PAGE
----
The laptop or smart device, which is characterized as a “station” in wireless LAN parlance, first has to identify the available access points and networks. This is done through monitoring for “beacon” frames from access points announcing themselves, or actively probing for a particular network by using probe frames.
The station chooses a network from those available and goes through an authentication process with the access point. Once the access point and station have verified each other, the association process is started. Association allows the access point and station to exchange information and capabilities. The access point can use this information and share it with other access points in the network to disseminate knowledge of the station's current location on the network. Only after association is complete can the station transmit or receive frames on the network.
In infrastructure mode, all network traffic from wireless stations on the network goes through an access point to reach the destination on either the wired or wireless LAN. Access to the network is managed using a carrier sense and collision avoidance protocol. The stations will listen for data transmissions for a specified period of time before attempting to transmit—this is the carrier sense portion of the protocol. The station must wait a specific period of time after the network becomes clear before transmitting. This delay, plus the receiving station transmitting an acknowledgement indicating a successful reception form the collision avoidance portion of the protocol. Note that in infrastructure mode, either the sender or receiver is always the access point.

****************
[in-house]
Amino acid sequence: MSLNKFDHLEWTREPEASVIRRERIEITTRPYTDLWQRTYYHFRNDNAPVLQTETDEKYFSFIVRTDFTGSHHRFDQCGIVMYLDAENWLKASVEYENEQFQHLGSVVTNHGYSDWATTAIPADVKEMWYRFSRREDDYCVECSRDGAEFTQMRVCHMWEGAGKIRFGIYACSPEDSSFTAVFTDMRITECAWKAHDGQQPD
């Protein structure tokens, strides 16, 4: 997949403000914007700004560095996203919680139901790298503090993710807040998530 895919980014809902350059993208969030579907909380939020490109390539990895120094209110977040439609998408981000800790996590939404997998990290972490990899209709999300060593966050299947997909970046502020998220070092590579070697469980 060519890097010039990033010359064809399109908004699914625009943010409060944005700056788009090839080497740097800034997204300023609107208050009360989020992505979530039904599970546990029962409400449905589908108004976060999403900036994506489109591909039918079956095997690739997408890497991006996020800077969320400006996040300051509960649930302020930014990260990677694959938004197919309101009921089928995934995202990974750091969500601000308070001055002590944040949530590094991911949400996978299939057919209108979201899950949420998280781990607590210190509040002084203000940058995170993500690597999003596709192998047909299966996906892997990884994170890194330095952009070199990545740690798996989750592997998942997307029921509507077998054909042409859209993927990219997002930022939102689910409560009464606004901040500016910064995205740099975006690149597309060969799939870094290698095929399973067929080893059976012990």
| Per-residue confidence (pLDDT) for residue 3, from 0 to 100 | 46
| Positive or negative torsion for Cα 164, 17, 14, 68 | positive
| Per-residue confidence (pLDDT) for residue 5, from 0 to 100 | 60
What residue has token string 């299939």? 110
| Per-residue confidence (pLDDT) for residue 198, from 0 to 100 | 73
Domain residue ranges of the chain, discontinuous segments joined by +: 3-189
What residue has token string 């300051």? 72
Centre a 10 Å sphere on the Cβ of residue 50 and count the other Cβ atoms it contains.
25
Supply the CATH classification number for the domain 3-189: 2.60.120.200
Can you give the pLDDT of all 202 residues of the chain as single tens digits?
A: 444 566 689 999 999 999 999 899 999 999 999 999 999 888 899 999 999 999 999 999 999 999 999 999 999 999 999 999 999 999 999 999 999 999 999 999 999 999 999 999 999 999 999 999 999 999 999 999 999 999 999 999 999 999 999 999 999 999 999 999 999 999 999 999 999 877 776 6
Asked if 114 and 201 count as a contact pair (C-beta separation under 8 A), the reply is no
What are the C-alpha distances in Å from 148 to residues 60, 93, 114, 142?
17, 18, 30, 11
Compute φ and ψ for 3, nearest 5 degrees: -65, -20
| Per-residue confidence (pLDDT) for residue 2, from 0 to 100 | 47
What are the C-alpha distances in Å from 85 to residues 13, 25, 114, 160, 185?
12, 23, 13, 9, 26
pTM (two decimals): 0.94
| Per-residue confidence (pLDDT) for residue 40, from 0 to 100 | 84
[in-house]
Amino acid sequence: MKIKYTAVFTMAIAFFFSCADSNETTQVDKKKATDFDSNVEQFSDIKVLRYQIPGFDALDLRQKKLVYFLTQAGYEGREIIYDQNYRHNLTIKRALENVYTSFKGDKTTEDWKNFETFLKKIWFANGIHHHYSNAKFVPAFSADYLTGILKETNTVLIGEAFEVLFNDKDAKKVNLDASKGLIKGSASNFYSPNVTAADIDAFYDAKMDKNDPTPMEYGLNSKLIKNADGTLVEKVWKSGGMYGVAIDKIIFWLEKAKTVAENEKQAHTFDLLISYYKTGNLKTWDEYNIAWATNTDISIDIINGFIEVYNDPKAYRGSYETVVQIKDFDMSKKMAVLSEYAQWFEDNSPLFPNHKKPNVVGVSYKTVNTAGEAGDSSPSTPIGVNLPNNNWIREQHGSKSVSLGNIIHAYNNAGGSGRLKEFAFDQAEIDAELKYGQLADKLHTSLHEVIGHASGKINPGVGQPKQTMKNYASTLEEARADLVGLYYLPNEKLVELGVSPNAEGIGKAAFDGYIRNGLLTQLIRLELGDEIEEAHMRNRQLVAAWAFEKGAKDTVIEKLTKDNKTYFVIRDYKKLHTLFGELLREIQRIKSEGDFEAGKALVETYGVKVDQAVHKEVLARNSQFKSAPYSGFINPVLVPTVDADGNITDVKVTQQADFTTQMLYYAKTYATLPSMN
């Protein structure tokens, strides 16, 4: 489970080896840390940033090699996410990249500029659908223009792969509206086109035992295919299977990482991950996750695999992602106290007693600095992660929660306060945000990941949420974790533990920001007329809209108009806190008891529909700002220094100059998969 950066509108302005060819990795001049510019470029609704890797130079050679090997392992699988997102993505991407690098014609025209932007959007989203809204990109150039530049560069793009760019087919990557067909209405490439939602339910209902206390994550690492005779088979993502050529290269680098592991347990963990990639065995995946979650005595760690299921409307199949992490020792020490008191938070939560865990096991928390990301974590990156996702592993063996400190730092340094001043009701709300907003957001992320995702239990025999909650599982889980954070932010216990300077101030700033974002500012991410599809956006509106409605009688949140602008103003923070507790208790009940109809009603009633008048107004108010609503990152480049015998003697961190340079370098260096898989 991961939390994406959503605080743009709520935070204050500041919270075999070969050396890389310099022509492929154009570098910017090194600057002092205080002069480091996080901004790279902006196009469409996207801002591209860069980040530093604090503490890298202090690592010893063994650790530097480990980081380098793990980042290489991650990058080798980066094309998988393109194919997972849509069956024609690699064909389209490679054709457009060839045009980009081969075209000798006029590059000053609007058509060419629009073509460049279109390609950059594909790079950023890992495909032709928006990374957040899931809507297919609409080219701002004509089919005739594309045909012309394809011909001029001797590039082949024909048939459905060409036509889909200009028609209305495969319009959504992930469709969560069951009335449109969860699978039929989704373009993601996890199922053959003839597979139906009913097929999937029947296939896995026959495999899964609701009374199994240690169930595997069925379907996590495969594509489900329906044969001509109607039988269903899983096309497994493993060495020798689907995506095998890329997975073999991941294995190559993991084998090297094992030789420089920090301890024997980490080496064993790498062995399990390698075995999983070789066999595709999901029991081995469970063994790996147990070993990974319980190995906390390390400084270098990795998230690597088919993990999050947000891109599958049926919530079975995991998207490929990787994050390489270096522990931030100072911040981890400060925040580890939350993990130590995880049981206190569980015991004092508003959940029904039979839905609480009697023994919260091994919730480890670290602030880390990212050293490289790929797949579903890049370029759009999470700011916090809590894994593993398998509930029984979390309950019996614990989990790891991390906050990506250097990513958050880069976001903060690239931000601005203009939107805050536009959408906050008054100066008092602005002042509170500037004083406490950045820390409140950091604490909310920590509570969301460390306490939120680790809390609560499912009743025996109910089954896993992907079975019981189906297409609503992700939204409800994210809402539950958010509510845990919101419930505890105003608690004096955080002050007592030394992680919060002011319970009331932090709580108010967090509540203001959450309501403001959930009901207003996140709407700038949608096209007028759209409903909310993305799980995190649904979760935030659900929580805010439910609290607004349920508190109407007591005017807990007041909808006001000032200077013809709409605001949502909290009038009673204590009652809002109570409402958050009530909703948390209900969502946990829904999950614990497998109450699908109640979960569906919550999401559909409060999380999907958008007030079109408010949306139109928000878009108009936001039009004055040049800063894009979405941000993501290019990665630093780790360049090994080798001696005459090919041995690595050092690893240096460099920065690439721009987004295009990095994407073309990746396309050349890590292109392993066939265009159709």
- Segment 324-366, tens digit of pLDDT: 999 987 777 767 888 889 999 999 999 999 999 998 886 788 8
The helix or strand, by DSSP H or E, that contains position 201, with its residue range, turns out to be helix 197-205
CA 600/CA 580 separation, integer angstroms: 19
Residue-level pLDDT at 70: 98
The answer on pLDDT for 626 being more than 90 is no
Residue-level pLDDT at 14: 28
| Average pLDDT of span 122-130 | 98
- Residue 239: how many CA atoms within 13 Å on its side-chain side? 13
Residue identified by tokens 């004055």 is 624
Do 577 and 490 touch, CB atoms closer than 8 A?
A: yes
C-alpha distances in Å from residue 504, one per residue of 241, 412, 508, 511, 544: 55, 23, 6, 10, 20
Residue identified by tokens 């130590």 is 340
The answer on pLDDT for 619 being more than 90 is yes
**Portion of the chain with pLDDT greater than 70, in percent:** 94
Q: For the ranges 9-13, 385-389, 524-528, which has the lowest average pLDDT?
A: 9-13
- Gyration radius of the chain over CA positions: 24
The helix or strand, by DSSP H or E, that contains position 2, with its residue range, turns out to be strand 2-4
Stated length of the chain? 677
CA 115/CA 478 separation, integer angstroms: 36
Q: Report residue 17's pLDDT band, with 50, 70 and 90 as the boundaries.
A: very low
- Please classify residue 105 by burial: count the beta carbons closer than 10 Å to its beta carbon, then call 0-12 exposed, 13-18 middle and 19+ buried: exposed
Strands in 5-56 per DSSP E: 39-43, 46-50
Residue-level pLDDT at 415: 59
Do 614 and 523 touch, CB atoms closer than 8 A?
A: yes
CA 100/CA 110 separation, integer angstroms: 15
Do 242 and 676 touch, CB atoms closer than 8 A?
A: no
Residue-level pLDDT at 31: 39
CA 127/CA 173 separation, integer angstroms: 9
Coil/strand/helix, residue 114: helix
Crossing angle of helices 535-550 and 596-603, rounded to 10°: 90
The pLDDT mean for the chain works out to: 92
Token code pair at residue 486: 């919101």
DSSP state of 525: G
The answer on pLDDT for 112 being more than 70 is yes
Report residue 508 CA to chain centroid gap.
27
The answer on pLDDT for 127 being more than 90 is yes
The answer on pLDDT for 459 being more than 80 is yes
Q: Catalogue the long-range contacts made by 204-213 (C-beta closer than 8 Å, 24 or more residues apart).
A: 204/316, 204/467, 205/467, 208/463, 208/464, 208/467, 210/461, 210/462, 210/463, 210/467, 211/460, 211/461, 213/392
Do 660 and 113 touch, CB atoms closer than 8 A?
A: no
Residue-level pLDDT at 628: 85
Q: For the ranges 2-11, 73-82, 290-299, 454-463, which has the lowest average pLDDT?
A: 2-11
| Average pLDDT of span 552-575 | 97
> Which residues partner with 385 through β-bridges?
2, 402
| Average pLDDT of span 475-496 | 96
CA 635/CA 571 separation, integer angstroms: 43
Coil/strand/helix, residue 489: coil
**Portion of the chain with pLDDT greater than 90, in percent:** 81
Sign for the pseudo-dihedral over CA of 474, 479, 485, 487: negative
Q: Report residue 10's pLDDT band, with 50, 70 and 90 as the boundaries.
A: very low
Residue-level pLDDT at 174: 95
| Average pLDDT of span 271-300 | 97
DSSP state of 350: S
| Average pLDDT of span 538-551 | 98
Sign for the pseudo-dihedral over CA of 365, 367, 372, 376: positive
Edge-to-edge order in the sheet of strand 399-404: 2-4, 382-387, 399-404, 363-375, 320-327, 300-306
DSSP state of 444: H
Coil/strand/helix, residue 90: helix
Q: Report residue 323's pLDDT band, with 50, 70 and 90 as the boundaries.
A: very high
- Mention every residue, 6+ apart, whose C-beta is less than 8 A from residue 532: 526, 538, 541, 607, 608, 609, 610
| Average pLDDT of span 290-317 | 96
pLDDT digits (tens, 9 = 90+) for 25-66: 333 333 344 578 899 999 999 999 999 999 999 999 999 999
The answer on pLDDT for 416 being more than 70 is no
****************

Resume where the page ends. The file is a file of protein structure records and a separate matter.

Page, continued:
Because some stations may not be able to hear each other, yet both still be in range of the access point, special considerations are made to avoid collisions. This includes a kind of reservation exchange that can take place before a packet is transmitted using a request to send and clear to send frame exchange, and a network allocation vector maintained at each station on the network. Even if a station cannot hear the transmission from the other station, it will hear the clear to send transmission from the access point and can avoid transmitting during that interval.
The process of roaming from one access point to another is not completely defined by the standard. But, the beaconing and probing used to locate access points and a re-association process that allows the station to associate with a different access point, in combination with other vendor specific protocols between access points provides for a smooth transition.
Synchronization between stations on the network is handled by the periodic beacon frames sent by the access point. These frames contain the access point's clock value at the time of transmission so can be used to check for drift at the receiving station. Synchronization is required for various reasons having to do with the wireless protocols and modulation schemes.
Having explained the basic operation for infrastructure mode, ad-hoc mode can be explained by simply saying there is no access point. Only wireless devices are present in this network. Many of the responsibilities previously handled by the access point, such as beaconing and synchronization, are handled by a station. Some enhancements are not available to the ad-hoc network, such as relaying frames between two stations that cannot hear each other.